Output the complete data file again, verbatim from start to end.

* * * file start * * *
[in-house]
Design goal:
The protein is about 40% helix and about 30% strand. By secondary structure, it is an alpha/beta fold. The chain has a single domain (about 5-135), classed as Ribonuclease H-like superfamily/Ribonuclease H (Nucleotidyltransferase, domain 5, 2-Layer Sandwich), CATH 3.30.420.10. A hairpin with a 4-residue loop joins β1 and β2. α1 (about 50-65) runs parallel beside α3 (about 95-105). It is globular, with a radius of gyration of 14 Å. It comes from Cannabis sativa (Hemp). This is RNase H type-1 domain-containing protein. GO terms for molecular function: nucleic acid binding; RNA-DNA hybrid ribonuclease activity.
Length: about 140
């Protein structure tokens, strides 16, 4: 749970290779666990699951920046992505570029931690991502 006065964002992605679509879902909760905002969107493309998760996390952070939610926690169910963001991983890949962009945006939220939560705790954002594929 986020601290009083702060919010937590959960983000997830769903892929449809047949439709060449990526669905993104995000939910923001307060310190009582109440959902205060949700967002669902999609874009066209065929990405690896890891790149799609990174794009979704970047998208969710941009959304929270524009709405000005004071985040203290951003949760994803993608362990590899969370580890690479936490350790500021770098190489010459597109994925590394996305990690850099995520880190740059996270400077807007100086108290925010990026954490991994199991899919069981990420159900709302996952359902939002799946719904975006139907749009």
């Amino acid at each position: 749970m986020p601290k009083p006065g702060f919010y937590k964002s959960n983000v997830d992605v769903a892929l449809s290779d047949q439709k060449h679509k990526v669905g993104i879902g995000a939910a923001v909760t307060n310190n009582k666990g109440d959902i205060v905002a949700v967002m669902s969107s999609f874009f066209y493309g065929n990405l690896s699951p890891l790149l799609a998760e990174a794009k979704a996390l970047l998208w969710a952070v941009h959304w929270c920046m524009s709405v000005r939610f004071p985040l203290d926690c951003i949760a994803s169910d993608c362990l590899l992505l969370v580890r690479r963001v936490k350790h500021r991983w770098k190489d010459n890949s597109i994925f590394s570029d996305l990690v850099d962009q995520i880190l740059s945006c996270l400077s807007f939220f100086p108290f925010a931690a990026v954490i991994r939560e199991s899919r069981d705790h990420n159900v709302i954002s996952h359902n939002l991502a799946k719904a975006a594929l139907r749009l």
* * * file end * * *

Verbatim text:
[in-house]
Design goal:
The protein is about 40% helix and about 30% strand. By secondary structure, it is an alpha/beta fold. The chain has a single domain (about 5-135), classed as Ribonuclease H-like superfamily/Ribonuclease H (Nucleotidyltransferase, domain 5, 2-Layer Sandwich), CATH 3.30.420.10. A hairpin with a 4-residue loop joins β1 and β2. α1 (about 50-65) runs parallel beside α3 (about 95-105). It is globular, with a radius of gyration of 14 Å. It comes from Cannabis sativa (Hemp). This is RNase H type-1 domain-containing protein. GO terms for molecular function: nucleic acid binding; RNA-DNA hybrid ribonuclease activity.
Length: about 140
């Protein structure tokens, strides 16, 4: 749970290779666990699951920046992505570029931690991502 006065964002992605679509879902909760905002969107493309998760996390952070939610926690169910963001991983890949962009945006939220939560705790954002594929 986020601290009083702060919010937590959960983000997830769903892929449809047949439709060449990526669905993104995000939910923001307060310190009582109440959902205060949700967002669902999609874009066209065929990405690896890891790149799609990174794009979704970047998208969710941009959304929270524009709405000005004071985040203290951003949760994803993608362990590899969370580890690479936490350790500021770098190489010459597109994925590394996305990690850099995520880190740059996270400077807007100086108290925010990026954490991994199991899919069981990420159900709302996952359902939002799946719904975006139907749009």
């Amino acid at each position: 749970m986020p601290k009083p006065g702060f919010y937590k964002s959960n983000v997830d992605v769903a892929l449809s290779d047949q439709k060449h679509k990526v669905g993104i879902g995000a939910a923001v909760t307060n310190n009582k666990g109440d959902i205060v905002a949700v967002m669902s969107s999609f874009f066209y493309g065929n990405l690896s699951p890891l790149l799609a998760e990174a794009k979704a996390l970047l998208w969710a952070v941009h959304w929270c920046m524009s709405v000005r939610f004071p985040l203290d926690c951003i949760a994803s169910d993608c362990l590899l992505l969370v580890r690479r963001v936490k350790h500021r991983w770098k190489d010459n890949s597109i994925f590394s570029d996305l990690v850099d962009q995520i880190l740059s945006c996270l400077s807007f939220f100086p108290f925010a931690a990026v954490i991994r939560e199991s899919r069981d705790h990420n159900v709302i954002s996952h359902n939002l991502a799946k719904a975006a594929l139907r749009l």